The State’s workplace safety regulator is cracking down on dangerous worksites as part of an ongoing forklift safety blitz, SafeWork NSW Acting Executive Director Tony Williams said.

Mr Williams said SafeWork inspectors visited 180 businesses in March this year and found significant safety breaches, leading to more than 90 notices.

“I’m seriously concerned by the industry’s lack of compliance with forklift safety, so I’ve directed our inspectors to come down hard on businesses that aren’t following the rules,” Mr Williams said.

“The recent inspections found the most common breaches included faulty and unsafe forklifts, drivers not wearing seatbelts, and poor traffic management.

“Forklift incidents are largely preventable, and I’m committed to ensuring worker safety is front of mind for everyone on worksites.”

From July 2014 to July 2016, more than 1,300 workers were injured in forklift incidents, and sadly, this included three fatalities. These tragic incidents also cost the NSW workers compensation system more than $30 million.

Additional blitz operations are continuing next month as part of SafeWork’s ‘Take forking safety seriously’ program, aimed at reducing deaths and injuries from the use forklifts.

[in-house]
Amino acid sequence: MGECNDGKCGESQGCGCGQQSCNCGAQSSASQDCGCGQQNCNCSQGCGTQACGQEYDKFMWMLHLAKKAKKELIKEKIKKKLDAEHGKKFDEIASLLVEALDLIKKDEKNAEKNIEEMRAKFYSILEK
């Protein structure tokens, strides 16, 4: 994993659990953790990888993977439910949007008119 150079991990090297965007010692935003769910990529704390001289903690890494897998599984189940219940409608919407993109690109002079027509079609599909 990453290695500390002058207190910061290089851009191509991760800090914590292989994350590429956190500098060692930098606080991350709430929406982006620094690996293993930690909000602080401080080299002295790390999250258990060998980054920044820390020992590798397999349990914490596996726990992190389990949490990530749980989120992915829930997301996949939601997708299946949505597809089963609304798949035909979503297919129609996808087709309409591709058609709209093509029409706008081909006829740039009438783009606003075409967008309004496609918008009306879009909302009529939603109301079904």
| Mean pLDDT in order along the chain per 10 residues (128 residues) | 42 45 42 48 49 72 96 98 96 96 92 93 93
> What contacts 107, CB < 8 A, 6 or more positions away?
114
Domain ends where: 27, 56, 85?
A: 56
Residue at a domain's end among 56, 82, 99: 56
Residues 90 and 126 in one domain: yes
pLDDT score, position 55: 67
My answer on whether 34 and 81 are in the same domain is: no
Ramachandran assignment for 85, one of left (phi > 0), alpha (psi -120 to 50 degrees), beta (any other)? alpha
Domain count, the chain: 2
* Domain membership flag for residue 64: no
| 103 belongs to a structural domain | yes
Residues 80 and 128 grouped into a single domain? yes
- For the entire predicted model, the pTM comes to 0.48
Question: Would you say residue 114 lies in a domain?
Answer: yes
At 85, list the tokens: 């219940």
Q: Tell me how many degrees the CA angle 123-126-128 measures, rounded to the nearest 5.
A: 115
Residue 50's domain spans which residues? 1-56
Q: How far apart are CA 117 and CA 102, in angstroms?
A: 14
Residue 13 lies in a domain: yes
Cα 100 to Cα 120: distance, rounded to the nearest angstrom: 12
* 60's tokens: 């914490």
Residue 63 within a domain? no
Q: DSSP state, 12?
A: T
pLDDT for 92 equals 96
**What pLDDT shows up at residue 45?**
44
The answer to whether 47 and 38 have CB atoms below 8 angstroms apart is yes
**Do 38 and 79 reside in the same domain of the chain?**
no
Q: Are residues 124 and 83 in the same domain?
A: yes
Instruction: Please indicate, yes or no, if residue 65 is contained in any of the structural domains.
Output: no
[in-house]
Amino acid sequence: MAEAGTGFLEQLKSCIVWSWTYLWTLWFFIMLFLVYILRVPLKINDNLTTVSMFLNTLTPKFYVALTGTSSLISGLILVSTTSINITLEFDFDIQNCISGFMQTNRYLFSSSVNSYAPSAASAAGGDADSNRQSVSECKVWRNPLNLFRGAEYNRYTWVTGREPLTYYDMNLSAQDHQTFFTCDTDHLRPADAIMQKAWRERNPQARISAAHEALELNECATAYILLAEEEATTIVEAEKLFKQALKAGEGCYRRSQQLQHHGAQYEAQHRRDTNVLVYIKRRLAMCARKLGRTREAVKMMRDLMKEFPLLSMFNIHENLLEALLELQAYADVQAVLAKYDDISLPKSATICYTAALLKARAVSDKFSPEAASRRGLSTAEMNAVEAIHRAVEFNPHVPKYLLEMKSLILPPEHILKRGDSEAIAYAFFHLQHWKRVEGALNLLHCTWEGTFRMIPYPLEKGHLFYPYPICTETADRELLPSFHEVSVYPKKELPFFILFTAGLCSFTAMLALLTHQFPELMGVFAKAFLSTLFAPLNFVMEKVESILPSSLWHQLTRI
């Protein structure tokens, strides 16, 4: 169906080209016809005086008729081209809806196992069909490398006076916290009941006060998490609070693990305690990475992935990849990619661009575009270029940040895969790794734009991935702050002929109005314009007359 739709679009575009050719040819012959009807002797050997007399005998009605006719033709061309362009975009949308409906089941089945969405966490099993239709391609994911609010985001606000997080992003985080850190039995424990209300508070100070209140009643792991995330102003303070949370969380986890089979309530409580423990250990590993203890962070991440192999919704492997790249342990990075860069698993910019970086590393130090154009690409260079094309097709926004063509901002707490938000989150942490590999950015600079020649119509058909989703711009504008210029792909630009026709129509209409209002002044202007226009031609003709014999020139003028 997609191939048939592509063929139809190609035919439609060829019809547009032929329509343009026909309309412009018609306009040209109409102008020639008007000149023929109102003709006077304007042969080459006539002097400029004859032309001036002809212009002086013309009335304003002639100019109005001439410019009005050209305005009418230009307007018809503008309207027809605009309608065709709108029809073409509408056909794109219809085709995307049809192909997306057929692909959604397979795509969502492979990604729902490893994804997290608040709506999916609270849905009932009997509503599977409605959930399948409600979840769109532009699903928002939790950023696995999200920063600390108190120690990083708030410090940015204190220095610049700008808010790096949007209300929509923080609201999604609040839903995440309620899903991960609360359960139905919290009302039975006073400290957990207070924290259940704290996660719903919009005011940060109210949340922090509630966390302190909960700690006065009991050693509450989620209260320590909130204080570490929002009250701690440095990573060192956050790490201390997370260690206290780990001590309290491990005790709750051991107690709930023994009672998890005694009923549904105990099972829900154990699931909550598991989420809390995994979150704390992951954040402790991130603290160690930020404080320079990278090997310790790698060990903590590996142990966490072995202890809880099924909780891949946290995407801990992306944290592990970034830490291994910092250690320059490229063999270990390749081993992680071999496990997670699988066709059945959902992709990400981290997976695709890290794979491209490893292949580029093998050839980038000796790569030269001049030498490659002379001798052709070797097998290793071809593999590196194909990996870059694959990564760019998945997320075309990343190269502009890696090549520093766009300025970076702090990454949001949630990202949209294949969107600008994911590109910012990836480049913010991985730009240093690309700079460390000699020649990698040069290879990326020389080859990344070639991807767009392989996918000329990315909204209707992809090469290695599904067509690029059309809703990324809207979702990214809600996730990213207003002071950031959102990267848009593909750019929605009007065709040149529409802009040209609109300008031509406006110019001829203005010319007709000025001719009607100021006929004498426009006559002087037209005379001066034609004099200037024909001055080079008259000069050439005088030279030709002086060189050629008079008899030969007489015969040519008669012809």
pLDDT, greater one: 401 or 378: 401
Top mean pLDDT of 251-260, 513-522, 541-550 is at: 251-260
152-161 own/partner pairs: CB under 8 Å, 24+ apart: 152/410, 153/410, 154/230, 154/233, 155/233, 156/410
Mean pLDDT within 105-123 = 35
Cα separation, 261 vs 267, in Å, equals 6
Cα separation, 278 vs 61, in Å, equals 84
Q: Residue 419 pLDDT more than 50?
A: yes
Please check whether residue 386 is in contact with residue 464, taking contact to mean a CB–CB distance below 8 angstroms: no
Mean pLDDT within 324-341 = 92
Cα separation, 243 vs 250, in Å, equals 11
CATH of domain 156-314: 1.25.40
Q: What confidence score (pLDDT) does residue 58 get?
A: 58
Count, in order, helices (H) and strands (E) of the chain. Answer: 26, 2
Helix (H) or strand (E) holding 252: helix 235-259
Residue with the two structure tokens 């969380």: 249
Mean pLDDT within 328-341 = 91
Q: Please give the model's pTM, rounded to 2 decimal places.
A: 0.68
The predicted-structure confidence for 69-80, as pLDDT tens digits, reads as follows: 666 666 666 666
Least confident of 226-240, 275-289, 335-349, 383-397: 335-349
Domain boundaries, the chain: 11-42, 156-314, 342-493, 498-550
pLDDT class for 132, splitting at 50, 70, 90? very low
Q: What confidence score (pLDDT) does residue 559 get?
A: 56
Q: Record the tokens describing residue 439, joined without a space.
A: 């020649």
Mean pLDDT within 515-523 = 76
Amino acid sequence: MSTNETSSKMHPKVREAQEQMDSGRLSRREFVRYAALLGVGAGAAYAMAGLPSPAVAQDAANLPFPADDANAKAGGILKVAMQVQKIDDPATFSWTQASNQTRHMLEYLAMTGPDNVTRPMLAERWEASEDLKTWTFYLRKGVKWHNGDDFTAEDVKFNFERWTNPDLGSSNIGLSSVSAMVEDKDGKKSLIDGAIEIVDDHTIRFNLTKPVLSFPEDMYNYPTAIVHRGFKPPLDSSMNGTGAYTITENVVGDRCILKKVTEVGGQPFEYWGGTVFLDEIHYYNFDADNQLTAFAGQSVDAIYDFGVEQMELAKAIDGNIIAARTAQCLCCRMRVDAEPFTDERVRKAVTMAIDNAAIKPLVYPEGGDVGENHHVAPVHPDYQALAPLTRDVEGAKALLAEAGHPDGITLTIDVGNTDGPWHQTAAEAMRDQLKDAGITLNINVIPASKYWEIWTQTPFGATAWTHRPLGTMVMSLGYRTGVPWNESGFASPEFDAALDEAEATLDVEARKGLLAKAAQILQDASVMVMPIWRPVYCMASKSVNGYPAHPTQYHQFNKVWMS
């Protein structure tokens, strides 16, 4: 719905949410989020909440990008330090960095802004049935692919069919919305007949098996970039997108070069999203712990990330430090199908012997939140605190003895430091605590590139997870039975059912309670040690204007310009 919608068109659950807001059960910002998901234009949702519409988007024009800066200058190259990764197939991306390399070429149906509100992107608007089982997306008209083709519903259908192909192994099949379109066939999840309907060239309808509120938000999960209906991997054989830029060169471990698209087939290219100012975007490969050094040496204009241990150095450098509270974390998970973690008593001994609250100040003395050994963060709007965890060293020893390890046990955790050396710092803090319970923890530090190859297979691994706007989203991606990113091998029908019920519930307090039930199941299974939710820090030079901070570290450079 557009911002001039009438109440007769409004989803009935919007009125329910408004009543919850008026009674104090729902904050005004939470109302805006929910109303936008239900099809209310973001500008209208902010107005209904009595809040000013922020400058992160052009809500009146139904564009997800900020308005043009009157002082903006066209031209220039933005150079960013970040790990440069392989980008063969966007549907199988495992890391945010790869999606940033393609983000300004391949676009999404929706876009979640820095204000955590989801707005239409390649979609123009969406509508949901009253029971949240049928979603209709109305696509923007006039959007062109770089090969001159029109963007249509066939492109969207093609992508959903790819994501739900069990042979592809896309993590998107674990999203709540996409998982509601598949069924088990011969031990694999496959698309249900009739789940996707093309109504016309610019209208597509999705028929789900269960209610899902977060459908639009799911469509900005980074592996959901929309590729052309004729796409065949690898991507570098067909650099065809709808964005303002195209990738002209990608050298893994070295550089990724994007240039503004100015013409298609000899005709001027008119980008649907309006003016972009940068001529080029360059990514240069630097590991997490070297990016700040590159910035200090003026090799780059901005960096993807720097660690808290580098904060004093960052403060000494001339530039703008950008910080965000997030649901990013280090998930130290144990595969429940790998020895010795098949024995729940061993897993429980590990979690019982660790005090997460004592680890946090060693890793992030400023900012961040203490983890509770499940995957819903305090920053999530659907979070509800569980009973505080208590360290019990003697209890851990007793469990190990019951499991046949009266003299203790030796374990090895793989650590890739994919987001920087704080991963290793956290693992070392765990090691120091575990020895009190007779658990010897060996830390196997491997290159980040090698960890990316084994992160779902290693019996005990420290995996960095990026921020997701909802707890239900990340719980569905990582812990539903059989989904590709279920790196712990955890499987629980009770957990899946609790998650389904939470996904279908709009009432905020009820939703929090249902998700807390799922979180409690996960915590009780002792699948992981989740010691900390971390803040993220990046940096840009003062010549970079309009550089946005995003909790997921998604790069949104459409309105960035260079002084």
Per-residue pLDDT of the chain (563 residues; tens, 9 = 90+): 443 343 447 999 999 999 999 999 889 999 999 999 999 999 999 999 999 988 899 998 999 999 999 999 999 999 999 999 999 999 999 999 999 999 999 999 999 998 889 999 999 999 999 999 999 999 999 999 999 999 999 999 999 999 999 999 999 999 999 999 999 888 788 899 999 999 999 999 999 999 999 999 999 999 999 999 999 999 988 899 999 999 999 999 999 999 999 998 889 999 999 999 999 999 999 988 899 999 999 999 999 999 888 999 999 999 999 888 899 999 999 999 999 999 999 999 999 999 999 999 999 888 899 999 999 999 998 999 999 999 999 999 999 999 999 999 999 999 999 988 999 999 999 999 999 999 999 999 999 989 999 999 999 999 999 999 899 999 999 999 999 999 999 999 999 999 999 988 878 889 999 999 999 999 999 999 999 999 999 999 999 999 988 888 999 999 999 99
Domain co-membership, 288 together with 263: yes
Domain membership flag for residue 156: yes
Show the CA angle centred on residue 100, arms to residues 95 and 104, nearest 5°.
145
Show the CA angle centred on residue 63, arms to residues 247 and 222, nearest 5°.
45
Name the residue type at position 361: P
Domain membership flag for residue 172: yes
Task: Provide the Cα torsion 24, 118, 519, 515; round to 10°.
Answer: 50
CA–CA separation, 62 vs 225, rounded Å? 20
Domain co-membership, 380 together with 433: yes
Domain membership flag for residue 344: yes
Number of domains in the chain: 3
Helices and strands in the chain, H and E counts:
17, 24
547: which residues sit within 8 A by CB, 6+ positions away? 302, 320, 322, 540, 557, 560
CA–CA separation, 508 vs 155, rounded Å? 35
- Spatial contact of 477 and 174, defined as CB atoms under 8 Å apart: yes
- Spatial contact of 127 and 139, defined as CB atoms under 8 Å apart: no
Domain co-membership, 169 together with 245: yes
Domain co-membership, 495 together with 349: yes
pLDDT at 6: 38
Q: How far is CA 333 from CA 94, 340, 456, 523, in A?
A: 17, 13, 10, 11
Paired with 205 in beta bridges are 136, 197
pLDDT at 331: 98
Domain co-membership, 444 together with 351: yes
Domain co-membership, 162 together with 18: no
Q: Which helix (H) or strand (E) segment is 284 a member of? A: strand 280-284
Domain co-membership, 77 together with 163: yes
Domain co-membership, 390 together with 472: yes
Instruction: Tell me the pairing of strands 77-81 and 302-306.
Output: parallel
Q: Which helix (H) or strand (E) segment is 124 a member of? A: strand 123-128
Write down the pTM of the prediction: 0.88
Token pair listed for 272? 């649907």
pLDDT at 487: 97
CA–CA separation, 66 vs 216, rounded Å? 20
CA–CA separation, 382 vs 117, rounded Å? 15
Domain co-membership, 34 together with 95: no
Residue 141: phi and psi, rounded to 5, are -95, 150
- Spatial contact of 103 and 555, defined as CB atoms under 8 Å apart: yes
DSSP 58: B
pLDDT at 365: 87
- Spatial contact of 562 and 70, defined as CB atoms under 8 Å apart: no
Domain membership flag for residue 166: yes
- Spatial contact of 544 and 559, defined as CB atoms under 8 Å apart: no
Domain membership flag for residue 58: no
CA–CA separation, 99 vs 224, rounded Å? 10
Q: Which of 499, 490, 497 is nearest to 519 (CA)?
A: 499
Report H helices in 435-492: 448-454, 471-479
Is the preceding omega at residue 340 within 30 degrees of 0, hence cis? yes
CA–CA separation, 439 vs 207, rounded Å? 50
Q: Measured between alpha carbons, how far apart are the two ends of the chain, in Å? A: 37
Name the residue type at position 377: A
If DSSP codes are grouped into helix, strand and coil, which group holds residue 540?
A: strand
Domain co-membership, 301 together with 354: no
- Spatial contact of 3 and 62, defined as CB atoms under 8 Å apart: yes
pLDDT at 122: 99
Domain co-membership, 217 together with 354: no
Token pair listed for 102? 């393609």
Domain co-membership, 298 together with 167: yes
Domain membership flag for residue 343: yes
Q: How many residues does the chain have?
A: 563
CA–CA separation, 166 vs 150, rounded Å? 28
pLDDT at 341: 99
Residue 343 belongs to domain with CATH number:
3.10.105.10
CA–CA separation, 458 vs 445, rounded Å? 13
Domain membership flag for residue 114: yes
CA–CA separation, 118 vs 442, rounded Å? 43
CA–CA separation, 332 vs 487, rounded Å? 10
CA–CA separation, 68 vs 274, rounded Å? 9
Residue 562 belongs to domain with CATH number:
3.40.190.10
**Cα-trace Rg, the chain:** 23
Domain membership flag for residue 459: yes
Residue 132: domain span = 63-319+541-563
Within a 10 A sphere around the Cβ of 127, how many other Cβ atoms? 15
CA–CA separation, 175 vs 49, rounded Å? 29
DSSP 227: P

SafeWork continues to take strong action through the courts against businesses that breach forklift safety rules. During 2017, four NSW businesses were prosecuted, and fined a total of $835,000.

“Whether you are an employer or a worker, forklift safety is everyone’s responsibility, and these compliance operations aim to help raise awareness and prevent future incidents,” Mr Williams said.
For further information on forklift safety, visit

EDITORS NOTE: Interviews with SafeWork NSW Acting Executive Director Tony Williams and Rachel Noble who lost her husband in a forklift incident at Frederickton in 2015 as well as general forklift overlay is available for download here:

Information on the fatal forklift incident at Frederickton is available here

Back to top